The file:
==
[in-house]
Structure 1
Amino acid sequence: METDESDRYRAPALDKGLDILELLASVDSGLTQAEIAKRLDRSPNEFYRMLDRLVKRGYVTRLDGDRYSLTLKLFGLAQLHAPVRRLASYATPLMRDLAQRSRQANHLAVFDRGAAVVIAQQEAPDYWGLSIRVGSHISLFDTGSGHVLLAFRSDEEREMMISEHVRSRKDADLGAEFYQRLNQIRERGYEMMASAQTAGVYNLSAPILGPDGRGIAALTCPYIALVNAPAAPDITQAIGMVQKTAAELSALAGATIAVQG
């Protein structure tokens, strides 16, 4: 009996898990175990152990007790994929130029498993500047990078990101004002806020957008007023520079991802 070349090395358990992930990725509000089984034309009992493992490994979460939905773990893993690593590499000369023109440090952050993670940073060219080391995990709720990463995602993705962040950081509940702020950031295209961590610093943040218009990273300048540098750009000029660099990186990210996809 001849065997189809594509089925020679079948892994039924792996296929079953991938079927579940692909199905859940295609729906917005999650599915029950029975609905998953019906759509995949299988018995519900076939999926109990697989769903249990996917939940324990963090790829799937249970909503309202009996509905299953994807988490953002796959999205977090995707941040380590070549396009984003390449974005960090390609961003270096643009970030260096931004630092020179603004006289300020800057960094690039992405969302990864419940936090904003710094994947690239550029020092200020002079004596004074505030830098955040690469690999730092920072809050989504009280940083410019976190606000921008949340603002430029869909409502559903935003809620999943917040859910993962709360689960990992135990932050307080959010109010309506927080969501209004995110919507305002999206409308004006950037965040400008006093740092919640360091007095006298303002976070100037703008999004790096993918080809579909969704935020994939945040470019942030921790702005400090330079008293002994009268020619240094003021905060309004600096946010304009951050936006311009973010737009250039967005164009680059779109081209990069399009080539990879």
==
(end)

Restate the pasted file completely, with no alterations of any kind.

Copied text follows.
[in-house]
Structure 1
Amino acid sequence: METDESDRYRAPALDKGLDILELLASVDSGLTQAEIAKRLDRSPNEFYRMLDRLVKRGYVTRLDGDRYSLTLKLFGLAQLHAPVRRLASYATPLMRDLAQRSRQANHLAVFDRGAAVVIAQQEAPDYWGLSIRVGSHISLFDTGSGHVLLAFRSDEEREMMISEHVRSRKDADLGAEFYQRLNQIRERGYEMMASAQTAGVYNLSAPILGPDGRGIAALTCPYIALVNAPAAPDITQAIGMVQKTAAELSALAGATIAVQG
């Protein structure tokens, strides 16, 4: 009996898990175990152990007790994929130029498993500047990078990101004002806020957008007023520079991802 070349090395358990992930990725509000089984034309009992493992490994979460939905773990893993690593590499000369023109440090952050993670940073060219080391995990709720990463995602993705962040950081509940702020950031295209961590610093943040218009990273300048540098750009000029660099990186990210996809 001849065997189809594509089925020679079948892994039924792996296929079953991938079927579940692909199905859940295609729906917005999650599915029950029975609905998953019906759509995949299988018995519900076939999926109990697989769903249990996917939940324990963090790829799937249970909503309202009996509905299953994807988490953002796959999205977090995707941040380590070549396009984003390449974005960090390609961003270096643009970030260096931004630092020179603004006289300020800057960094690039992405969302990864419940936090904003710094994947690239550029020092200020002079004596004074505030830098955040690469690999730092920072809050989504009280940083410019976190606000921008949340603002430029869909409502559903935003809620999943917040859910993962709360689960990992135990932050307080959010109010309506927080969501209004995110919507305002999206409308004006950037965040400008006093740092919640360091007095006298303002976070100037703008999004790096993918080809579909969704935020994939945040470019942030921790702005400090330079008293002994009268020619240094003021905060309004600096946010304009951050936006311009973010737009250039967005164009680059779109081209990069399009080539990879």